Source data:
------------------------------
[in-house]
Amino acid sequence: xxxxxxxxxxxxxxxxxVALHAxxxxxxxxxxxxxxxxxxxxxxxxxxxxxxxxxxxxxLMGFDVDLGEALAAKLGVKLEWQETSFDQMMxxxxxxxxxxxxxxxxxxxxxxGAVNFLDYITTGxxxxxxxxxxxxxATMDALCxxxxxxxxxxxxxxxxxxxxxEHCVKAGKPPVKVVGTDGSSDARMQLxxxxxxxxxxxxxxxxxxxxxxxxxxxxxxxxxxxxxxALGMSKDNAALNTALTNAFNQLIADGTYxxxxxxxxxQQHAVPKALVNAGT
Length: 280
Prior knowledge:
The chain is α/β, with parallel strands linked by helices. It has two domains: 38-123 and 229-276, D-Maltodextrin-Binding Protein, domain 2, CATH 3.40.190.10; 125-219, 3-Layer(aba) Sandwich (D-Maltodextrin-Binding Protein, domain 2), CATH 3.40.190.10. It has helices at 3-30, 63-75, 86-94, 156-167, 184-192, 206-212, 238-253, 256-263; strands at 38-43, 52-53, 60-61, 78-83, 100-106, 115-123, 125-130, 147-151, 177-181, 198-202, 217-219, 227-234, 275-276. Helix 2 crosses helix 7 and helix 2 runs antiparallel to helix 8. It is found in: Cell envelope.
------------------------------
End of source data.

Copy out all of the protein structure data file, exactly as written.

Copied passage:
[in-house]
Amino acid sequence: xxxxxxxxxxxxxxxxxVALHAxxxxxxxxxxxxxxxxxxxxxxxxxxxxxxxxxxxxxLMGFDVDLGEALAAKLGVKLEWQETSFDQMMxxxxxxxxxxxxxxxxxxxxxxGAVNFLDYITTGxxxxxxxxxxxxxATMDALCxxxxxxxxxxxxxxxxxxxxxEHCVKAGKPPVKVVGTDGSSDARMQLxxxxxxxxxxxxxxxxxxxxxxxxxxxxxxxxxxxxxxALGMSKDNAALNTALTNAFNQLIADGTYxxxxxxxxxQQHAVPKALVNAGT
Length: 280
Prior knowledge:
The chain is α/β, with parallel strands linked by helices. It has two domains: 38-123 and 229-276, D-Maltodextrin-Binding Protein, domain 2, CATH 3.40.190.10; 125-219, 3-Layer(aba) Sandwich (D-Maltodextrin-Binding Protein, domain 2), CATH 3.40.190.10. It has helices at 3-30, 63-75, 86-94, 156-167, 184-192, 206-212, 238-253, 256-263; strands at 38-43, 52-53, 60-61, 78-83, 100-106, 115-123, 125-130, 147-151, 177-181, 198-202, 217-219, 227-234, 275-276. Helix 2 crosses helix 7 and helix 2 runs antiparallel to helix 8. It is found in: Cell envelope.